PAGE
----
[SYDNEY] Asian shares swung on low volume after a late surge in US stocks on the prospect of more stimulus from China. Australian bonds extended gains, while Brent oil halted its slide at an 11-year low.
Equities from Singapore to Sydney advanced while those in Seoul fell. Futures on the Standard & Poor's 500 Index gained 0.1 per cent after the gauge rebounded from its biggest two-day loss in three months.
Australia's bonds rallied for a fourth day, tracking gains in Treasuries, and Indonesia's rupiah rose to a one-month high. A gauge of the dollar headed for its biggest monthly drop in eight months before a report forecast to show the US economy grew less than previously estimated in the third quarter.
Commodities currencies held advances and metals in Shanghai tracked Monday's gains in London after China's government said monetary policy must be more "flexible" and fiscal policy more "forceful" to combat slowing growth in the world's second- largest economy.
The rout in crude prices has pushed oil to the lowest levels since before the financial crisis, threatening to keep inflation from rising to levels targeted by central banks in Europe and America.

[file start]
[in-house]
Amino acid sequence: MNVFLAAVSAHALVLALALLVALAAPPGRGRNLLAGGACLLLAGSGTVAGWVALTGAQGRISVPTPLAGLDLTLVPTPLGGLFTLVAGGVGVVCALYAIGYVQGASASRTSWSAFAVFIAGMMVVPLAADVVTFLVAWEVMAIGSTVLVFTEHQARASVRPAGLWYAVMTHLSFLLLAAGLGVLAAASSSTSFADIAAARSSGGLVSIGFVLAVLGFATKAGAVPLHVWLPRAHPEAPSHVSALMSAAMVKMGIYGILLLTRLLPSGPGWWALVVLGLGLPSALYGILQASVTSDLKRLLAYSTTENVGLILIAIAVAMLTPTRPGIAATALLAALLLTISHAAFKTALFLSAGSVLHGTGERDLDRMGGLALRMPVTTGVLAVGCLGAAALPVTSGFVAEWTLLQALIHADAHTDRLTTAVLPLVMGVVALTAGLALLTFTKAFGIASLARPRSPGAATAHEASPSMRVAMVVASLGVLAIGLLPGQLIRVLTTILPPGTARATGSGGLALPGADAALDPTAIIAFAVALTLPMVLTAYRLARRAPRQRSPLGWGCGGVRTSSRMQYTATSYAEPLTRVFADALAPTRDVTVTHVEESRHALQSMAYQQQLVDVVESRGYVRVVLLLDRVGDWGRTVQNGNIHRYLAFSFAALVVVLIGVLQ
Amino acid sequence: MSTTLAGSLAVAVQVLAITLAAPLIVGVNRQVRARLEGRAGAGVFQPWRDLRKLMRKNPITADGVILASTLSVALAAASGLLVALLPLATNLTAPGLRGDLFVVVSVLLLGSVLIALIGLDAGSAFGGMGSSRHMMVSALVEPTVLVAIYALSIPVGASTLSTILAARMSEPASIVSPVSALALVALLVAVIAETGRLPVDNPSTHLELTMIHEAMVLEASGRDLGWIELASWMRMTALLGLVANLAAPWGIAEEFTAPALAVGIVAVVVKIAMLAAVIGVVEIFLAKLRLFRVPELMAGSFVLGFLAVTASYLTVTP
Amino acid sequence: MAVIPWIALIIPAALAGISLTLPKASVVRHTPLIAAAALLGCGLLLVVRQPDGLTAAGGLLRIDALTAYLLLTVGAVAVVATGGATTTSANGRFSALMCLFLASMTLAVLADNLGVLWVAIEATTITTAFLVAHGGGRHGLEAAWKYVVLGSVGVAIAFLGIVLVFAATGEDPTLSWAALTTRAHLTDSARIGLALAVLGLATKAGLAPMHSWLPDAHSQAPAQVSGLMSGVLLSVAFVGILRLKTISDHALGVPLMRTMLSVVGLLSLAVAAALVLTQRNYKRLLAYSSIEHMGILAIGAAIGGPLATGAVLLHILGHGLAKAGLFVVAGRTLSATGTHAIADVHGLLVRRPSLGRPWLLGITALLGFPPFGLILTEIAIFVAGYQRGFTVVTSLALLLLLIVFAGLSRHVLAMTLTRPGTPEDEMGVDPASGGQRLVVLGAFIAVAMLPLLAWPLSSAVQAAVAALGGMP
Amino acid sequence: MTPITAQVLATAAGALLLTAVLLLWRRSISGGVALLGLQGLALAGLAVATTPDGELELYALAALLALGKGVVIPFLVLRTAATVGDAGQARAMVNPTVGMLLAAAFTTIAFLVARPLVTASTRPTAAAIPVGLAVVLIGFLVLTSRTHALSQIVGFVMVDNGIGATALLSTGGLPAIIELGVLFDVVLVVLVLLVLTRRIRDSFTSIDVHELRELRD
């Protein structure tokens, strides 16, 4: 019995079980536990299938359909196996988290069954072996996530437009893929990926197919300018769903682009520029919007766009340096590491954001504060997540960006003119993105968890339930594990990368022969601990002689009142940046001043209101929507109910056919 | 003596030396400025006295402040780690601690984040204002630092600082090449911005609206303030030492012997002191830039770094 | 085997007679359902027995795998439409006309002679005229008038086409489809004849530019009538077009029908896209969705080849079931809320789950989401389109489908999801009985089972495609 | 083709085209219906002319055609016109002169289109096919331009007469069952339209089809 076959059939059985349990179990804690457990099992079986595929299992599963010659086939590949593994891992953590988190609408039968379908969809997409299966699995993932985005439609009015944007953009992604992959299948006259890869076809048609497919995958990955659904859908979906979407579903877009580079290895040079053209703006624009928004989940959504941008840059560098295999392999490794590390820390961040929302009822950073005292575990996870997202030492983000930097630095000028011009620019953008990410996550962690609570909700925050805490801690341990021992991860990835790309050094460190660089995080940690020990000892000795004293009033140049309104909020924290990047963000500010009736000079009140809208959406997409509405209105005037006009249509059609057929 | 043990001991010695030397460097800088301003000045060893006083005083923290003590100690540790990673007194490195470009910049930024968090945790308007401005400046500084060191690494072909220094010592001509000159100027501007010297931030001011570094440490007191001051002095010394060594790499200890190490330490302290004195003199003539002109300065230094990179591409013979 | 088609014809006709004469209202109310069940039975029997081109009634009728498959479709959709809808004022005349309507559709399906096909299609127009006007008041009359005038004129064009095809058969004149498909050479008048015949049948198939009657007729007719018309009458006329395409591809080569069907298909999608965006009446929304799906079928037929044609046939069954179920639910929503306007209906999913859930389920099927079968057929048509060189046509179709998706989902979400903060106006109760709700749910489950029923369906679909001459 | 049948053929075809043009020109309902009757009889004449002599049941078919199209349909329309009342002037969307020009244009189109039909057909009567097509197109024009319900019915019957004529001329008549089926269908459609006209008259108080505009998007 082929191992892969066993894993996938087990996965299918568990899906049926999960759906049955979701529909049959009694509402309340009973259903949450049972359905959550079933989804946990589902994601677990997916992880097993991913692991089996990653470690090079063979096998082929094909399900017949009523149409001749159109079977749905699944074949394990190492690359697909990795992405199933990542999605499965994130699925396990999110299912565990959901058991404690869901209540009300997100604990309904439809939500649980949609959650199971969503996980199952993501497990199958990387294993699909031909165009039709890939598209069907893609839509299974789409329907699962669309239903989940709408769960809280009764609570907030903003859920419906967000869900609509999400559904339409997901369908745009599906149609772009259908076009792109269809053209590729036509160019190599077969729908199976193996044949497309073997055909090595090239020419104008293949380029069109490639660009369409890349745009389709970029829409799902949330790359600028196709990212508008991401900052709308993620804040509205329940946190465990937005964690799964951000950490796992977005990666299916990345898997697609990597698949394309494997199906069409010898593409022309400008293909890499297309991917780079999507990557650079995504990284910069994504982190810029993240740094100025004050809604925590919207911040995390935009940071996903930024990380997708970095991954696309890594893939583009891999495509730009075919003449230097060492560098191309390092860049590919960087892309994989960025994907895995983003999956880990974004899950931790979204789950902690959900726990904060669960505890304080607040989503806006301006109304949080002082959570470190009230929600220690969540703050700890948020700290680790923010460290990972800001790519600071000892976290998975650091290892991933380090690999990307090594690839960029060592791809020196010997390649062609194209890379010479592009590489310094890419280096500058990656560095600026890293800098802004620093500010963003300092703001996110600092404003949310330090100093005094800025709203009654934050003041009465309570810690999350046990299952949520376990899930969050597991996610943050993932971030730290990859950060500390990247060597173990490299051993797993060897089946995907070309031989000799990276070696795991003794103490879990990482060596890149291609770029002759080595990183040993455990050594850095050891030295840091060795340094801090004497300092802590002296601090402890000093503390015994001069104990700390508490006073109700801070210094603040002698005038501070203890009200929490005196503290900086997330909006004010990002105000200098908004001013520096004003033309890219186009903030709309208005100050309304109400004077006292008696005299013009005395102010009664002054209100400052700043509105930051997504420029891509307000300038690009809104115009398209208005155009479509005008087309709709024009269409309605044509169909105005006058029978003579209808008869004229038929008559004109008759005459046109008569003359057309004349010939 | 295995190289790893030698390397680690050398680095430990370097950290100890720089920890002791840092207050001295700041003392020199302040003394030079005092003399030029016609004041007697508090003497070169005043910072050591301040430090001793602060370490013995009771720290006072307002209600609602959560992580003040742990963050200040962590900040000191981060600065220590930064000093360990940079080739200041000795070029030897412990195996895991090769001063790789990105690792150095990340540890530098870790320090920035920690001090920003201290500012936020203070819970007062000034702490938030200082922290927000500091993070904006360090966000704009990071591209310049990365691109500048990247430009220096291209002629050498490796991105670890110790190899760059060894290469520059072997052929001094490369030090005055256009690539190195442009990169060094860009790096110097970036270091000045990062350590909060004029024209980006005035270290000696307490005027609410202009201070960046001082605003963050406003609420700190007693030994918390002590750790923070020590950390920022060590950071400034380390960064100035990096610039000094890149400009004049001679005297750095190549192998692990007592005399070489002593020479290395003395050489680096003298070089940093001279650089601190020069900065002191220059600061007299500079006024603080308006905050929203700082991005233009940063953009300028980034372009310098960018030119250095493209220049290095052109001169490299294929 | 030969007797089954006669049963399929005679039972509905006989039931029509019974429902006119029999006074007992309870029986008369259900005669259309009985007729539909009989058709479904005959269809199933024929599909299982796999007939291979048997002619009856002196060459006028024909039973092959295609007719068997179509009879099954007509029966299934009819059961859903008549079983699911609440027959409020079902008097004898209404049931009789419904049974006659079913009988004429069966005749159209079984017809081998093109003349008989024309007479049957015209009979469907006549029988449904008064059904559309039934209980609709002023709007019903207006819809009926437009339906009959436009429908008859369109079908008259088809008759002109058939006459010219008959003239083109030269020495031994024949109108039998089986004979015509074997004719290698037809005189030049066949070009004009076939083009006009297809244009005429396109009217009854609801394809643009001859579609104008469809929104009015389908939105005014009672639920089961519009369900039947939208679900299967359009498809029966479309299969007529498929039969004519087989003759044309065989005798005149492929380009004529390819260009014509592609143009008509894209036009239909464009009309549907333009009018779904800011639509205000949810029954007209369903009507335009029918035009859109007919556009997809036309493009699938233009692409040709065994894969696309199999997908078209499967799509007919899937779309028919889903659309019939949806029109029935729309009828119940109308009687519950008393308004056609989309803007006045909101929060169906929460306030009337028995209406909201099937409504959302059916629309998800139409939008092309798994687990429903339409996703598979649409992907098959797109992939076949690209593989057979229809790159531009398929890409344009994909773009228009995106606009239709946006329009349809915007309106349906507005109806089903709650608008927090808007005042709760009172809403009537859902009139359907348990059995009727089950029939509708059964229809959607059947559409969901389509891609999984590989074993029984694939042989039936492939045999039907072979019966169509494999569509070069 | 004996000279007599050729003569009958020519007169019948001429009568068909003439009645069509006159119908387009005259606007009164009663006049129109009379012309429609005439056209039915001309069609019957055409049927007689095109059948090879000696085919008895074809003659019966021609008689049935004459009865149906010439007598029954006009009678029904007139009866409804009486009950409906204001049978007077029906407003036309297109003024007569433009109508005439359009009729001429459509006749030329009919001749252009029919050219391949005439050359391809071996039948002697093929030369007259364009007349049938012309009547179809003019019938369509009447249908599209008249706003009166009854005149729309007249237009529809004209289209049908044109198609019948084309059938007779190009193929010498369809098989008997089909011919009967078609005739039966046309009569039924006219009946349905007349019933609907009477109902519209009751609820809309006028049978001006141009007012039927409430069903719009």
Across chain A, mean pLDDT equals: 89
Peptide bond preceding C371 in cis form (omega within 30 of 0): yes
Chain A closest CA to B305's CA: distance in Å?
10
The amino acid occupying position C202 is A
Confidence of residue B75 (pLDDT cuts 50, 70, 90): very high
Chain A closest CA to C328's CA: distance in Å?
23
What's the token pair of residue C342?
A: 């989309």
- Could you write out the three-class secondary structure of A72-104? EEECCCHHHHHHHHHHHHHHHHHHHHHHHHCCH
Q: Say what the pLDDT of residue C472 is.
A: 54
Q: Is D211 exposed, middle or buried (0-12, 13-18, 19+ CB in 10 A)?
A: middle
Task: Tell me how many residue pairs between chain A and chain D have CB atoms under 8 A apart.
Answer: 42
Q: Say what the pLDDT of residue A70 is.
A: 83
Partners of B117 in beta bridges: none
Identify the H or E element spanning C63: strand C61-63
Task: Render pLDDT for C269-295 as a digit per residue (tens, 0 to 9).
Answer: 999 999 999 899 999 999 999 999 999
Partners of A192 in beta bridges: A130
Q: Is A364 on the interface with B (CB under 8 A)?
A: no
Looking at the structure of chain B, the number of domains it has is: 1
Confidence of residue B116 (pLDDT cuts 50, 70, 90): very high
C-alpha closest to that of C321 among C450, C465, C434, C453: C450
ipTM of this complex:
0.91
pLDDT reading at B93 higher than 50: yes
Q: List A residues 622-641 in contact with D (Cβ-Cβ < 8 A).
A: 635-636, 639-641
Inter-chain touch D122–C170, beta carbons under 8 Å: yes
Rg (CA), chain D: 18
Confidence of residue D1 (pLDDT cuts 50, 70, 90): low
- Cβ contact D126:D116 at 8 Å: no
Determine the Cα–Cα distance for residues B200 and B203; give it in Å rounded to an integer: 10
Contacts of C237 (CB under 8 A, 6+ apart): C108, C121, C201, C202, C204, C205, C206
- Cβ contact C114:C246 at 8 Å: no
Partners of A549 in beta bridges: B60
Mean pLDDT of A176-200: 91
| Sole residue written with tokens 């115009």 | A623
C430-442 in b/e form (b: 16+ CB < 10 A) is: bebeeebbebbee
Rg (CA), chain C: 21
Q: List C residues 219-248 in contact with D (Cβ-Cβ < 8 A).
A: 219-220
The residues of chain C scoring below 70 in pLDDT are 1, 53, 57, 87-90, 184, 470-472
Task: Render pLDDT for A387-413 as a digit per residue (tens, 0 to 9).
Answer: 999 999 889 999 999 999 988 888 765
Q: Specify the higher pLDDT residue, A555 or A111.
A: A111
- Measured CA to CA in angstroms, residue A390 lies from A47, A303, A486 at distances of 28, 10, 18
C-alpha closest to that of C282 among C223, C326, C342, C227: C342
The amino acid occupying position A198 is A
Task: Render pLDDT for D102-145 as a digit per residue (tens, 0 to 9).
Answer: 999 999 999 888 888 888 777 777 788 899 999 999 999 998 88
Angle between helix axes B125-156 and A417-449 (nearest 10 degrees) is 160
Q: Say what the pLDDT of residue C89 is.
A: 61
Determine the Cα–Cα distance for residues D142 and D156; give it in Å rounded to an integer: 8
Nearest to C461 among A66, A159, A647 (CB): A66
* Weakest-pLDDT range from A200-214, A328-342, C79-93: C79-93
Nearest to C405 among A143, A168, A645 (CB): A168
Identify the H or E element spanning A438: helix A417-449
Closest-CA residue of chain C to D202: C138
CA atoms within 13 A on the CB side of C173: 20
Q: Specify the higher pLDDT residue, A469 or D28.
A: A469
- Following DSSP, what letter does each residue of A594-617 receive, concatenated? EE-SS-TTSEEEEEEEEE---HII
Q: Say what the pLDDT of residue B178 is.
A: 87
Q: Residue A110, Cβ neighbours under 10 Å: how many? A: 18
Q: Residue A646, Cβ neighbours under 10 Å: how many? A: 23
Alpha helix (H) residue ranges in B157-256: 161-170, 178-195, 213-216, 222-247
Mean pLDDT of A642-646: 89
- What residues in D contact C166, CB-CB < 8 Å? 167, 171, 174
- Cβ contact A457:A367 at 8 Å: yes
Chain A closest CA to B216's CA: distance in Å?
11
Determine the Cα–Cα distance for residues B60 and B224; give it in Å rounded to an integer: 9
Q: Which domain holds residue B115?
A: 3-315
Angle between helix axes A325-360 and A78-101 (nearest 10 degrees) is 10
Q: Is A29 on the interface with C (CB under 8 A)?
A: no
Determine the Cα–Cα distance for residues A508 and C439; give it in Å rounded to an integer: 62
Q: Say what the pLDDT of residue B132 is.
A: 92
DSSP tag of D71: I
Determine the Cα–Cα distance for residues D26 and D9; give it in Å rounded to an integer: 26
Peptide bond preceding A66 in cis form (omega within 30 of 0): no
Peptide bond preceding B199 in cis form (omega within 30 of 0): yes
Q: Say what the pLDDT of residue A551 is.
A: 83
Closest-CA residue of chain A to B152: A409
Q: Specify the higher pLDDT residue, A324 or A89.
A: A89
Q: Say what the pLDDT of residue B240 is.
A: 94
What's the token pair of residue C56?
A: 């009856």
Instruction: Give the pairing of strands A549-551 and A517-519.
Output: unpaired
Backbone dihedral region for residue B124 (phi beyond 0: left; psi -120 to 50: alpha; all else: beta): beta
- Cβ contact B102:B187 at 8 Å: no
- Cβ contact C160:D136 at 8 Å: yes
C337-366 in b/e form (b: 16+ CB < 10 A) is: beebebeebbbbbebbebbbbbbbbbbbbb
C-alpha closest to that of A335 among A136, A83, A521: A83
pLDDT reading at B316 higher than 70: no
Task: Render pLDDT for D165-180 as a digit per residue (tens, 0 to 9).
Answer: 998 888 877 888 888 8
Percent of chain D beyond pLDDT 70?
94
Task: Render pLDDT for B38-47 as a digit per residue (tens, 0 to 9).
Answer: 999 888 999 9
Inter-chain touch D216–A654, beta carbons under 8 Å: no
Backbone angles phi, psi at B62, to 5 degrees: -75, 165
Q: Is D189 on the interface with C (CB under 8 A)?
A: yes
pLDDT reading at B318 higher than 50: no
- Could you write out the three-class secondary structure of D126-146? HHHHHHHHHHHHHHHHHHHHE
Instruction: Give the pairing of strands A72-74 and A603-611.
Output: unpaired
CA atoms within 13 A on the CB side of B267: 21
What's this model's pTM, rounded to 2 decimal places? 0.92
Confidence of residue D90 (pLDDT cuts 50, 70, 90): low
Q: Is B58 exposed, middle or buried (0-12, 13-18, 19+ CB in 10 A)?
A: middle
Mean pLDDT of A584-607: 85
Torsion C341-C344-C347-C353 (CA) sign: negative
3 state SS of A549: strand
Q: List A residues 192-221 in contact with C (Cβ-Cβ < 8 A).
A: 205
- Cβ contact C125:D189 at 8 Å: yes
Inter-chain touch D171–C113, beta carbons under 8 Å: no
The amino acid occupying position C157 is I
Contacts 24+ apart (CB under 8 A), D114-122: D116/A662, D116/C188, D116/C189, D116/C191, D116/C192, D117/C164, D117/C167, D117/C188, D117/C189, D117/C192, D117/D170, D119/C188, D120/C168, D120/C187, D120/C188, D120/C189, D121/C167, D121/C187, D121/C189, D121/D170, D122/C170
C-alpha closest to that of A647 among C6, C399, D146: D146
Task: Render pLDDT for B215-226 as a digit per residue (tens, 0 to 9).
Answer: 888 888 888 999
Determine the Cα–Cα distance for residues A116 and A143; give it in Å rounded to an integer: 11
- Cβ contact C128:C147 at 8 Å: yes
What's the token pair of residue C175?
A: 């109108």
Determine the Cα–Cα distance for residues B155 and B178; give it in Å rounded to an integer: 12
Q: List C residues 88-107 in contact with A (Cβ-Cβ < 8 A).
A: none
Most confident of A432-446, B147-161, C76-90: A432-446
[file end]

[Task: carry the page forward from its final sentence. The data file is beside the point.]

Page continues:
"We've had easing on multiple fronts in China and we are starting to see the green shoots of recovery there," said Nader Naeimi, Sydney-based head of dynamic markets at AMP Capital Investors Ltd, which oversees about US$114 billion.
"We should see China's economy turn the corner in 2016 and the US dollar peaking, which will have a powerful positive impact on commodities and related sectors."
The MSCI Asia Pacific Index was little changed as of 11.02am Tokyo time, as the Topix swung between a 0.4 per cent gain and a 0.3 percent drop.
Singapore's Straits Times index rose 0.2 per cent while Australia's S&P/ASX 200 Index climbed 0.1 per cent, adding to a 4.1 per cent surge over the previous four sessions. Volume was 39 per cent below the 30-day intraday average. New Zealand's S&P/NZX 50 Index added 0.3 per cent while the Kospi index in Seoul slipped 0.4 per cent.
The S&P 500 surged in the final minutes of trading on Monday, paced by financial and technology companies, while raw- materials firms also gained on China stimulus prospects.
"Equity valuations are still compelling," said George Boubouras, chief investment officer at Contango Asset Management in Melbourne. "We expect lighter volumes going into Christmas this week. Relative valuations are still there," favoring stocks, he said.